Jan Stafford Kellis

Book Shuffling

Behold the To-Be-Read Stack: an obelisk of books awaiting my perusal. It’s constructed of pride (whose stack is bigger?) and potential, held together by the promise of a page-turning frenzy. The TBR Stack begs notice.

The TBR Stack is a side effect of my reading addiction, and the only way to manage it is by engaging in the compulsive ritual known as Book Shuffling. The Book Shuffling Ritual is performed immediately upon completion of a book, when it’s unclear which book should be read next. There are rules, a protocol that must be followed, a (somewhat) scientific method for choosing the next book to read. Book Shuffling, when properly handled, ensures a more enjoyable reading experience and drastically impacts the perceived quality of each book.

StackOfBooks

The basic method of Book Shuffling is performed by rejecting books in the TBR Stack until one is left that, by default, meets the criteria. Sometimes the Book-Shuffling winner doesn’t peak your interest, and sometimes more than one book will survive the list of rejection reasons. I’ll address these issues after explaining the rules.

Book Shuffling Rules:

1. Two non-fiction books shall not be read in a row.

2. Two long (more than 400 pages) works of fiction shall not be read back-to-back.

3. A historical novel shall not be followed by yet another historical novel, although two contemporary pieces can follow each other quite nicely. Unless they’re both set in Europe.

4. Two books by the same author shall not be read in a row (unless they’re part of a series).

5. Two sandwich books (short, fluffy, easily-forgotten tales) shall not be read contiguously. This would be like eating too many appetizers or snacks—you’ll feel ill and won’t enjoy your next meal.

After comparing the book you’ve just finished to each book in the TBR Stack, consider the Mitigating Circumstances:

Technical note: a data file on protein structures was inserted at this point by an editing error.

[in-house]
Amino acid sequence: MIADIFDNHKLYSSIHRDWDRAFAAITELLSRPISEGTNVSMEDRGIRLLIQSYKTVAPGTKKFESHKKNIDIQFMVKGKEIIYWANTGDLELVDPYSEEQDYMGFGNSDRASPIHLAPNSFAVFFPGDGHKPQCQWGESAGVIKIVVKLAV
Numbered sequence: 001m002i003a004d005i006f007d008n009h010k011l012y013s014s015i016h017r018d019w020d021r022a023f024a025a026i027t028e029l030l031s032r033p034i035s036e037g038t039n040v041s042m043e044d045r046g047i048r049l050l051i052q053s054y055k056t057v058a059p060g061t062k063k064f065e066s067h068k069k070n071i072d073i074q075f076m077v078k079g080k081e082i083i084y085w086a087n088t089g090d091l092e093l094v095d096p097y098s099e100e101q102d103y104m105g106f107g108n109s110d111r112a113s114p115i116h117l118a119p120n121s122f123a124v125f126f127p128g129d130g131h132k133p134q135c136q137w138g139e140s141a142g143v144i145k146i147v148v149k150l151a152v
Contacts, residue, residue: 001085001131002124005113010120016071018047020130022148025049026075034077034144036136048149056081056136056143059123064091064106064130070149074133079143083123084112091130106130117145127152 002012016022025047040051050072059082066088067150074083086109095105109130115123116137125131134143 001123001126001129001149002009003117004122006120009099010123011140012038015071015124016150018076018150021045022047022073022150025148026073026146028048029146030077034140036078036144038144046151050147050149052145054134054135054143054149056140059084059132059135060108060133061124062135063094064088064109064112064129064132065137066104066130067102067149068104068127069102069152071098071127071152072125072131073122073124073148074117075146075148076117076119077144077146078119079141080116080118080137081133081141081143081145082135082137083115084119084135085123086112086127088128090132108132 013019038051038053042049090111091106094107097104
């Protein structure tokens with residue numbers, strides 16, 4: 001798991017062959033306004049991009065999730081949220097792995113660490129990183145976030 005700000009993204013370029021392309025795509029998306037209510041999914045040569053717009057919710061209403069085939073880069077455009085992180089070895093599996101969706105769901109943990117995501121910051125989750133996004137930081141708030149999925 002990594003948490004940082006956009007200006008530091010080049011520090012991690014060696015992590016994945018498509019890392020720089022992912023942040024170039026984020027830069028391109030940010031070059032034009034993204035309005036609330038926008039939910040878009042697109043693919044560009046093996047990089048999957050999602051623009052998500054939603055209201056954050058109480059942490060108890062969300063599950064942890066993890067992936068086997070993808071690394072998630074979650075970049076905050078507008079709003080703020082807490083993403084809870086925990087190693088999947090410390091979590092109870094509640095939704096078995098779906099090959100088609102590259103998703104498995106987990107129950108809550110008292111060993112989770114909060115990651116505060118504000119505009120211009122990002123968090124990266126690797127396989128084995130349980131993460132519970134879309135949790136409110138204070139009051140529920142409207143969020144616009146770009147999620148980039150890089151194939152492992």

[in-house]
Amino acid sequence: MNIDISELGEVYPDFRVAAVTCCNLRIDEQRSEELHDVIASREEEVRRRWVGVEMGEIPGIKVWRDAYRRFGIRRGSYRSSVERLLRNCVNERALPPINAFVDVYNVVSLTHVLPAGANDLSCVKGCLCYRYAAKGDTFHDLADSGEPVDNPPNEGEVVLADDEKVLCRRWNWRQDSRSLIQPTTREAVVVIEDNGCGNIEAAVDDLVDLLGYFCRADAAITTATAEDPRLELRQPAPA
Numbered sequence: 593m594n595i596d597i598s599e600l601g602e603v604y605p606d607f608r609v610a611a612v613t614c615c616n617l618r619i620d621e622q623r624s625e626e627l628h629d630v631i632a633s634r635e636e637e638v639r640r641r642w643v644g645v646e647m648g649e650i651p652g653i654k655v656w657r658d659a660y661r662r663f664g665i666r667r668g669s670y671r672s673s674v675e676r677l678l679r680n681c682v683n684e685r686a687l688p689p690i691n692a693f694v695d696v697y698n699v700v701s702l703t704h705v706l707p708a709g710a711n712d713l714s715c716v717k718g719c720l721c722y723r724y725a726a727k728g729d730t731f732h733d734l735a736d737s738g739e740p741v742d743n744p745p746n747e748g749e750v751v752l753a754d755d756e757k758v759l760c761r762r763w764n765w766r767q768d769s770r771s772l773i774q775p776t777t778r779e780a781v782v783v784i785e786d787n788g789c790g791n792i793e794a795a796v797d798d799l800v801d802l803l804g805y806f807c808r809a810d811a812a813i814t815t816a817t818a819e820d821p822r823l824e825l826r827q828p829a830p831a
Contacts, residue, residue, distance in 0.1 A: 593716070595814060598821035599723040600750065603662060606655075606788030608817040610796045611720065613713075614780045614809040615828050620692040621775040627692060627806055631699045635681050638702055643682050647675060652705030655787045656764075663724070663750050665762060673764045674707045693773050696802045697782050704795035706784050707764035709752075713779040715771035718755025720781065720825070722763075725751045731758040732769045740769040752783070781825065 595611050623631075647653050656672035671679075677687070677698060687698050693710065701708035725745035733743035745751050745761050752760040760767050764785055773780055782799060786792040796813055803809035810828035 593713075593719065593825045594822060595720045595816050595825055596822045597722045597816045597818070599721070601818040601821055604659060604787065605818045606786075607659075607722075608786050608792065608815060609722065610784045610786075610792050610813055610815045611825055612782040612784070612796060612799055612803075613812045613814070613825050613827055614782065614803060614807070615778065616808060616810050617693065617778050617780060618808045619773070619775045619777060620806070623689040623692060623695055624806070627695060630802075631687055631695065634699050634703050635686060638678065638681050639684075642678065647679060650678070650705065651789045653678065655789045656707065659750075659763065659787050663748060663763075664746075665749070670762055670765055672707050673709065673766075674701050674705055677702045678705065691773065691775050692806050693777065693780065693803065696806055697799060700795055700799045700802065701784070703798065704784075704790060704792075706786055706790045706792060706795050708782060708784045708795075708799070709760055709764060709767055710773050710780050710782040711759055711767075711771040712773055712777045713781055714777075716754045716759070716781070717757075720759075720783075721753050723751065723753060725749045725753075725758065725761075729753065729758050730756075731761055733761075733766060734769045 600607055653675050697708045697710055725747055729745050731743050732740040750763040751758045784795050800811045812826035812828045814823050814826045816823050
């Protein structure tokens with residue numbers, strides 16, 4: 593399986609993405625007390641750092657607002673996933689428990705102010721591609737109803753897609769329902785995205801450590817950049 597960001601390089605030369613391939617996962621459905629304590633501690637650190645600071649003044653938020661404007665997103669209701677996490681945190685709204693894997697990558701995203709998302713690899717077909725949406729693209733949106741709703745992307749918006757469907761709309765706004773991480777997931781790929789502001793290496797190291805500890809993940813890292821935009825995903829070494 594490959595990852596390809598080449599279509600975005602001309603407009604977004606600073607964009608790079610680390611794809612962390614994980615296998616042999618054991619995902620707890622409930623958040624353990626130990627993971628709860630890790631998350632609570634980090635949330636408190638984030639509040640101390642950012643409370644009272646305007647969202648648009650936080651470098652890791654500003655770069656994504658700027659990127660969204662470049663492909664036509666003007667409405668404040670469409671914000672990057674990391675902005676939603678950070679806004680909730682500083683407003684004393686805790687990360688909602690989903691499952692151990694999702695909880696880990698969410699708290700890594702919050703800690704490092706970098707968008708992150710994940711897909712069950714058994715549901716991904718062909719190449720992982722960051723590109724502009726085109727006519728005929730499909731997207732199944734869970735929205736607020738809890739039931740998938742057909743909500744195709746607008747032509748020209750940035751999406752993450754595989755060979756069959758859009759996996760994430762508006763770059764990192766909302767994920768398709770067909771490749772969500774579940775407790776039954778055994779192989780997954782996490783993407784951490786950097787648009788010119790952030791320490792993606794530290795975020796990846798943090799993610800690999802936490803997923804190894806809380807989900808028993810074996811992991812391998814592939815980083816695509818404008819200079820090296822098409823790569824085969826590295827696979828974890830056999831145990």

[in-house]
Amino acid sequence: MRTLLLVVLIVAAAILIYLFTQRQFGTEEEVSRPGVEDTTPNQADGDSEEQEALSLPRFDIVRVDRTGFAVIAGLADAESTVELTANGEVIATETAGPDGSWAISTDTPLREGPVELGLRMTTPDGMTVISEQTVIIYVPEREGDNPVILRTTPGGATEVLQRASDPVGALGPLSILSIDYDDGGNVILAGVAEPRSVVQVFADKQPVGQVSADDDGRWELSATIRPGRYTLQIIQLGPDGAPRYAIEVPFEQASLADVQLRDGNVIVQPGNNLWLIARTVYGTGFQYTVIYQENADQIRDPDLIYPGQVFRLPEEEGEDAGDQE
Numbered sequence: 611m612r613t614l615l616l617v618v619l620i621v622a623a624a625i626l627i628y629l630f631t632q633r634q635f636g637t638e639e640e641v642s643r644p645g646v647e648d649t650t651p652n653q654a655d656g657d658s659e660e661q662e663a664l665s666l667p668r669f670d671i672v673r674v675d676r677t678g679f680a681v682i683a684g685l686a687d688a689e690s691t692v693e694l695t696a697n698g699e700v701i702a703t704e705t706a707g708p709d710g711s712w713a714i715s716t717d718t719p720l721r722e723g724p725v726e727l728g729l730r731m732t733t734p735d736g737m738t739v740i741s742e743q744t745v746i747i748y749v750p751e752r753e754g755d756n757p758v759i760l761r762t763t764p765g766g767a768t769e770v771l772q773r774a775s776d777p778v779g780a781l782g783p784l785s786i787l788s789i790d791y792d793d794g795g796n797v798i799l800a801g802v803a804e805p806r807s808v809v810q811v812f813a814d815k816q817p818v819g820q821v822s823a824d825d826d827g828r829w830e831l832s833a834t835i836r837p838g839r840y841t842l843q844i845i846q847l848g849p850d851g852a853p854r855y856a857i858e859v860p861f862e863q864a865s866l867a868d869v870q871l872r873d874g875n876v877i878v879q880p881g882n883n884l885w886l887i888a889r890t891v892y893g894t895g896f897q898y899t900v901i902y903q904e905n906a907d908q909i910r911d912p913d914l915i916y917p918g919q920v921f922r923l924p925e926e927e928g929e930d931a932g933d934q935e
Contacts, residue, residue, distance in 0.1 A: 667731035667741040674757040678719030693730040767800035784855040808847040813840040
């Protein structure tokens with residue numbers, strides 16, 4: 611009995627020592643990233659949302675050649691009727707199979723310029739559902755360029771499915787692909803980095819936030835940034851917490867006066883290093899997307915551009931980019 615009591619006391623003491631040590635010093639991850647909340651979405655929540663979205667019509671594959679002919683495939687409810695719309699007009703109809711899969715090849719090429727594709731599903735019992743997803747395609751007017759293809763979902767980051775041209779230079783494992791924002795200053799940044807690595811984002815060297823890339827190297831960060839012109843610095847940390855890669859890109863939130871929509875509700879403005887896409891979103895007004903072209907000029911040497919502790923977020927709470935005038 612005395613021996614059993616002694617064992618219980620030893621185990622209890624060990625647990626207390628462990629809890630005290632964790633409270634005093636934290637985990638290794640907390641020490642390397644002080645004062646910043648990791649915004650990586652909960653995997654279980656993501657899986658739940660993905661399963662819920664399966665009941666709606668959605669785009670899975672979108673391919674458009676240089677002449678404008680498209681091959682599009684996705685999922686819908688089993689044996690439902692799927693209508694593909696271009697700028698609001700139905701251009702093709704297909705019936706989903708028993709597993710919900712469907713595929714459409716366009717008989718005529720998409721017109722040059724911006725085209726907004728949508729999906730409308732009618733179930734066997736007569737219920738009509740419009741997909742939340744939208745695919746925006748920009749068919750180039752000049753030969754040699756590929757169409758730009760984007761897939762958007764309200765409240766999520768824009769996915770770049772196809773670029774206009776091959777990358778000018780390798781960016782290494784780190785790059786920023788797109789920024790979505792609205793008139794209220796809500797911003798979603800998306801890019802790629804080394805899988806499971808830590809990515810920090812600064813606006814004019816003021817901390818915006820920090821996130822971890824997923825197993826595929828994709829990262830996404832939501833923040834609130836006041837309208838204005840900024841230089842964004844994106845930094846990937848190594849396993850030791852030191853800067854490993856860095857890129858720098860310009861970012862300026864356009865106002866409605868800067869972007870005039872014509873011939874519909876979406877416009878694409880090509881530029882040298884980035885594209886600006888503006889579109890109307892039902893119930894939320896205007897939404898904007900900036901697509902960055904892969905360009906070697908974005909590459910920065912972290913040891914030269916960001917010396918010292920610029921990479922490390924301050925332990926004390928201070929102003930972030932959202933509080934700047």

1. Sickness: if you feel a bout of influenza approaching, a heavy hardback lends comfort and offers healing properties.

2. Weather: consider the forecast—will you be on the beach? Sitting outside on a windy day? Dodging rain showers or marching through a blizzard? Books of a certain weight or with cellophane book covers might be appropriate. Book umbrellas, parasols or large plastic zipper bags might be required.

3. Travel: depending on the type of travel (plane, train or automobile), the size and number of books you’re able to carry should be considered. Also, the destination can play a role here—is there an independent bookstore on your itinerary? You could stock up mid-trip, and bring home an auxiliary TBR Stack (pack a book bag). Watch the weather forecast for your travel destination before committing suitcase space.

4. Scheduled activities for the next couple of days: will you be dining by yourself, either at home or in a restaurant? You might want a book you can easily hold in one hand. Will you be attending a sporting event?  You might want a book that will lay open easily, so you can clap at the appropriate times without losing your place. If you’ll be biking, walking, driving or running, an audio book is the only way to go.

5. Recommendations from friends (or strangers you encountered in the bookstore): do you have a book in the TBR Stack that you were told to “read right away”? Well, stop shuffling and start reading! That was easy.

If you’ve applied the above rules and still have more than one book in the pile, the last resort is to flip a coin or use some other random method of choice.

Behold the TBR Stack: a propitious pile of potential, or a sorry side effect of an out of control reading habit? No matter the name, the ritual is the same. Contemplate, cull, consider, commit.

Don’t just sit there, read!